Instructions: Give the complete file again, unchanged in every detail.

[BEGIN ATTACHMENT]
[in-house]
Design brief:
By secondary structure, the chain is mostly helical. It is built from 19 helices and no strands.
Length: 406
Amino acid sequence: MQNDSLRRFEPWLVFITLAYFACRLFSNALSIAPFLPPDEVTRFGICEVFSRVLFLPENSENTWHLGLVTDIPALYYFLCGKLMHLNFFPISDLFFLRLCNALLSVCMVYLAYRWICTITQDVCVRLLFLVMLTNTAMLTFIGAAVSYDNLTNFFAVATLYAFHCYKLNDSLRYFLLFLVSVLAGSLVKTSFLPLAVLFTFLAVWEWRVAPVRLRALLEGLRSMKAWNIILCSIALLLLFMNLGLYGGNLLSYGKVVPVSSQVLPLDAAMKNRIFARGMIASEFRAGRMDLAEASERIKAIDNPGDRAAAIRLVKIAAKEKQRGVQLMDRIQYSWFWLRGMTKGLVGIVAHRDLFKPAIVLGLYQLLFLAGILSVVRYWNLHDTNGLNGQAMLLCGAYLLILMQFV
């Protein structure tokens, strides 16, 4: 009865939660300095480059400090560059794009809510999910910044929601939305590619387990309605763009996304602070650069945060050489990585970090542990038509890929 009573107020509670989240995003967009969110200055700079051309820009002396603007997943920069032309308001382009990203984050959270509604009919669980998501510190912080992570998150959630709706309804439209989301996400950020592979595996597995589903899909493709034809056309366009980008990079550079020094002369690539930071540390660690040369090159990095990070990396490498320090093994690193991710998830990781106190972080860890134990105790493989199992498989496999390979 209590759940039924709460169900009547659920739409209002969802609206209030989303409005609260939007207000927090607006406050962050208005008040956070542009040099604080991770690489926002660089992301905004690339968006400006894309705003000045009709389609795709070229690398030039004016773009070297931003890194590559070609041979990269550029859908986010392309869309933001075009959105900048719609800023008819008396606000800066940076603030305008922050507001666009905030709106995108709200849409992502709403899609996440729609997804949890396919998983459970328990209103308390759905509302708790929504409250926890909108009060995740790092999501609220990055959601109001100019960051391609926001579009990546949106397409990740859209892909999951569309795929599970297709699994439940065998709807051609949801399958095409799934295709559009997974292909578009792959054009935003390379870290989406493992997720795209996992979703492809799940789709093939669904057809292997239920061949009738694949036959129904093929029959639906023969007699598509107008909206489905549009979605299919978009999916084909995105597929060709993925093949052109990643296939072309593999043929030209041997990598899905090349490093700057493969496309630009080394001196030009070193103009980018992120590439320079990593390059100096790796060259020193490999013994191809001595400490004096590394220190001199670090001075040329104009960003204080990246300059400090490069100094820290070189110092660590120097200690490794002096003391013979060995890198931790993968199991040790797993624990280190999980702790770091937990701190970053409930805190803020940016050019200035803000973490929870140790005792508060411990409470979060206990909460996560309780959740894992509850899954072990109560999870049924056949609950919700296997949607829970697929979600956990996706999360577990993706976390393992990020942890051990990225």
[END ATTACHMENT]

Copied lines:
[in-house]
Design brief:
By secondary structure, the chain is mostly helical. It is built from 19 helices and no strands.
Length: 406
Amino acid sequence: MQNDSLRRFEPWLVFITLAYFACRLFSNALSIAPFLPPDEVTRFGICEVFSRVLFLPENSENTWHLGLVTDIPALYYFLCGKLMHLNFFPISDLFFLRLCNALLSVCMVYLAYRWICTITQDVCVRLLFLVMLTNTAMLTFIGAAVSYDNLTNFFAVATLYAFHCYKLNDSLRYFLLFLVSVLAGSLVKTSFLPLAVLFTFLAVWEWRVAPVRLRALLEGLRSMKAWNIILCSIALLLLFMNLGLYGGNLLSYGKVVPVSSQVLPLDAAMKNRIFARGMIASEFRAGRMDLAEASERIKAIDNPGDRAAAIRLVKIAAKEKQRGVQLMDRIQYSWFWLRGMTKGLVGIVAHRDLFKPAIVLGLYQLLFLAGILSVVRYWNLHDTNGLNGQAMLLCGAYLLILMQFV
């Protein structure tokens, strides 16, 4: 009865939660300095480059400090560059794009809510999910910044929601939305590619387990309605763009996304602070650069945060050489990585970090542990038509890929 009573107020509670989240995003967009969110200055700079051309820009002396603007997943920069032309308001382009990203984050959270509604009919669980998501510190912080992570998150959630709706309804439209989301996400950020592979595996597995589903899909493709034809056309366009980008990079550079020094002369690539930071540390660690040369090159990095990070990396490498320090093994690193991710998830990781106190972080860890134990105790493989199992498989496999390979 209590759940039924709460169900009547659920739409209002969802609206209030989303409005609260939007207000927090607006406050962050208005008040956070542009040099604080991770690489926002660089992301905004690339968006400006894309705003000045009709389609795709070229690398030039004016773009070297931003890194590559070609041979990269550029859908986010392309869309933001075009959105900048719609800023008819008396606000800066940076603030305008922050507001666009905030709106995108709200849409992502709403899609996440729609997804949890396919998983459970328990209103308390759905509302708790929504409250926890909108009060995740790092999501609220990055959601109001100019960051391609926001579009990546949106397409990740859209892909999951569309795929599970297709699994439940065998709807051609949801399958095409799934295709559009997974292909578009792959054009935003390379870290989406493992997720795209996992979703492809799940789709093939669904057809292997239920061949009738694949036959129904093929029959639906023969007699598509107008909206489905549009979605299919978009999916084909995105597929060709993925093949052109990643296939072309593999043929030209041997990598899905090349490093700057493969496309630009080394001196030009070193103009980018992120590439320079990593390059100096790796060259020193490999013994191809001595400490004096590394220190001199670090001075040329104009960003204080990246300059400090490069100094820290070189110092660590120097200690490794002096003391013979060995890198931790993968199991040790797993624990280190999980702790770091937990701190970053409930805190803020940016050019200035803000973490929870140790005792508060411990409470979060206990909460996560309780959740894992509850899954072990109560999870049924056949609950919700296997949607829970697929979600956990996706999360577990993706976390393992990020942890051990990225």